Harvest regularly. If you had food-gardening fever when planting this spring, don’t let the heat keep you from enjoying good harvests. Grab a mug of coffee and spend an early hour in the veggie patch. First, harvest mature produce, even if you have excess. This keeps your plants producing. If you leave ripe fruit unpicked, hormonal signals tell the plant its job is done, and fruiting slows or stops.
Be on the lookout for pests. After harvesting, scout for pests while they are less active. Many vegetable pests can be dealt with through mechanical control, rather than reaching for chemicals (organic or otherwise) that are as likely to harm the insects on your side—pollinators and predators of other insects—as they are pests. Dive deeper on organic controls to pests in the veggie garden here. If squash vine borers have already dealt a deadly blow to your squash, you still have time to sow another crop for later harvest.
Fertilize. Besides the ever-present weeding and watering, don’t forget that vegetable gardens do need a continued source of nutrients. The type of fertilizer and how frequently you fertilize will depend on your soil and other factors, so if you are unsure, a call to your local extension service is a great way to learn more and come up with a plan.
Continue weeding the garden. If you’re one of the many gardeners who don’t enjoy weeding (really, some gardeners do enjoy it), it may be tempting to throw in the towel midsummer. But remember that those weeds are sucking up the water you’re applying and swiping nutrients right out from under your perennials. Don’t allow weeds to get mature. It looks better, it prevents them from spreading seeds, and it frees up resources for desired plants.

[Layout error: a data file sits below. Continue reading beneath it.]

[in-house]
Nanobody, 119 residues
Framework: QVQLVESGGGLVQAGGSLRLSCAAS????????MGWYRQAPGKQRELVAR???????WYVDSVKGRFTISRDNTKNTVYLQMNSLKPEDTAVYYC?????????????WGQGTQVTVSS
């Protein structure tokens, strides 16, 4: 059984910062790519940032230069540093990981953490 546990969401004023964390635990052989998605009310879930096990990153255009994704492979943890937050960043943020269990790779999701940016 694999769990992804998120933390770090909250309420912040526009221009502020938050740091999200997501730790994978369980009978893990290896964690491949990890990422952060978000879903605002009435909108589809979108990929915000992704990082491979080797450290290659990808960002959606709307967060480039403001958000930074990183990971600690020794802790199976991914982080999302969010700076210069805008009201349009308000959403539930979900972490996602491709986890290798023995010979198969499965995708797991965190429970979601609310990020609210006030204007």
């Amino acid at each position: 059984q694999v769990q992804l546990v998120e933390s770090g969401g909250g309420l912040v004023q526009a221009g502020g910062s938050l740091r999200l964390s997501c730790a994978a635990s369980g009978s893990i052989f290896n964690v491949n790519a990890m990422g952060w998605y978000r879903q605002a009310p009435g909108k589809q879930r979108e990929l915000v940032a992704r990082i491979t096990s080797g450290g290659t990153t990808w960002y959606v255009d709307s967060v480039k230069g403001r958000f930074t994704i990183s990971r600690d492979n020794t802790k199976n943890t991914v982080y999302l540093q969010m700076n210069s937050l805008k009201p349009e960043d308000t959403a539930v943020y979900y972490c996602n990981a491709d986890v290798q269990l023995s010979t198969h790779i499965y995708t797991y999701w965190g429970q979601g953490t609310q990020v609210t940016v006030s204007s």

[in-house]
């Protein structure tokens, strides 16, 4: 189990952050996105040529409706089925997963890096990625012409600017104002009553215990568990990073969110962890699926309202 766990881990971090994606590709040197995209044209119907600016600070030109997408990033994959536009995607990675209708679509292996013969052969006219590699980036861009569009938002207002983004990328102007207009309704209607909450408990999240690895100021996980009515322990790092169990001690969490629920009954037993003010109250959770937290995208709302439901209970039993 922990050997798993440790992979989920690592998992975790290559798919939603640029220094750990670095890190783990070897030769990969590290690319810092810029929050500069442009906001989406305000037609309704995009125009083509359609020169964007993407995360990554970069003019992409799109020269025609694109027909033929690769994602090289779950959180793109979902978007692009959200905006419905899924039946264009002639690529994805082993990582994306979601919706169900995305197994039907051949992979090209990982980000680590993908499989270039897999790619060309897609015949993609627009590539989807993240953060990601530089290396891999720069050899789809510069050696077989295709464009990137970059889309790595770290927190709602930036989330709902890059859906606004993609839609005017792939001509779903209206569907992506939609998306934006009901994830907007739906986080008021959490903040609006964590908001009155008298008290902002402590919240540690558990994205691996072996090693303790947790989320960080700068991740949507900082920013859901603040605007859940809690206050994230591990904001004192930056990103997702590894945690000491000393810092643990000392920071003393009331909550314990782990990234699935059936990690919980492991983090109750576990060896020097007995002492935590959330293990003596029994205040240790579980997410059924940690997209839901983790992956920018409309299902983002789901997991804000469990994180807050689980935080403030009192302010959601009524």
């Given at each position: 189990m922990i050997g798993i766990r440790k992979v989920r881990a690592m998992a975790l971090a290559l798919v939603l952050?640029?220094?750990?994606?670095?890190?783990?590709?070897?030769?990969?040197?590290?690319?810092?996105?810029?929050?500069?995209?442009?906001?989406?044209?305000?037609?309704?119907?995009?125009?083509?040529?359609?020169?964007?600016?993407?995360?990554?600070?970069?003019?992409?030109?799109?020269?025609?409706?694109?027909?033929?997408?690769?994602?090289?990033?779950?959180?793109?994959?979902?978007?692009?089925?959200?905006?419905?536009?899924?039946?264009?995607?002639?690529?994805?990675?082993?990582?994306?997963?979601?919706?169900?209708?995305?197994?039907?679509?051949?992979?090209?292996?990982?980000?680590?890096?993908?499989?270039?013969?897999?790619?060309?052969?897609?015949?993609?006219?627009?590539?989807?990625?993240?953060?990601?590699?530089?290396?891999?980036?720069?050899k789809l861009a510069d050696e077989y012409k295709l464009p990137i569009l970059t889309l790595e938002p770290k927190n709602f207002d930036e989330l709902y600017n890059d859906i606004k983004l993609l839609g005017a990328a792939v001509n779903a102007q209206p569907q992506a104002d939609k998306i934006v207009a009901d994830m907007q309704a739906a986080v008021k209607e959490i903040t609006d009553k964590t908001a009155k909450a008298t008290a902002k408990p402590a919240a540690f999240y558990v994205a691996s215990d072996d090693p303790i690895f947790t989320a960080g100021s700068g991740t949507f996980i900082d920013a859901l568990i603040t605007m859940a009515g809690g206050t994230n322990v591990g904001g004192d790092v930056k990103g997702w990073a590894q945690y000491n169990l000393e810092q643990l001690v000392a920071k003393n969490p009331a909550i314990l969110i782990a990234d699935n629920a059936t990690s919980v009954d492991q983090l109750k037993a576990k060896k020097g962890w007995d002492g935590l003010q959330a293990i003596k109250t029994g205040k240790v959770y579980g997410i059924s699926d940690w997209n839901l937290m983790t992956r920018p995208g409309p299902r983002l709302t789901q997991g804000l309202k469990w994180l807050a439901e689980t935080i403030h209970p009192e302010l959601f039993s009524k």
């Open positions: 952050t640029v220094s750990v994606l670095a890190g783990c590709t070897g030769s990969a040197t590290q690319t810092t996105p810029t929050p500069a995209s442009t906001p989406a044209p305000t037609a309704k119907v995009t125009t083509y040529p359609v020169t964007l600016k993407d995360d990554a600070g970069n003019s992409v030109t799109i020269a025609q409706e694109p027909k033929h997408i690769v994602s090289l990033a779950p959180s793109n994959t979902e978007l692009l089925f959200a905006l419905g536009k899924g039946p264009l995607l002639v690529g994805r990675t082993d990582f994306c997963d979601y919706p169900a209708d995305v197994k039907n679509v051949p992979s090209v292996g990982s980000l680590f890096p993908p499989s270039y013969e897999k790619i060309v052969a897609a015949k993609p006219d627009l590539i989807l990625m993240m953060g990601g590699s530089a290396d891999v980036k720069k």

Don’t forget about those pesky tree seedlings! If you didn’t deal with weedy tree seedlings in spring—and I’m not pointing any fingers (except at myself)—they’ve probably reached a size where they are difficult to pull. If you aren’t comfortable using a little herbicide, a small weed wrench after a good soaking rain does the job on second-year and older saplings. I use the cut-and-squirt method on such saplings as well. Using protection and pruners, snip the tree seedling down to 2 to 3 inches, and immediately squirt the cut surface with a double-strength glyphosate solution. I rarely use herbicide, but this is one case where small amounts, without much risk of drift, can be used efficiently and effectively.
Hire a professional for hardscape or edging work. I don’t wish to offend your DIY sensibilities, but it’s hot out there in July, and professional landscapers are fully acclimated. The planting season is long over, and specialty landscapers tend to have more openings in their schedules now. However, if you’ve got more time than money this year, then by all means, rise early and do a little bit each day on an edging project that puts the cherry on top of your garden.
—Paula Gross is the former assistant director of the University of North Carolina at Charlotte Botanical Gardens.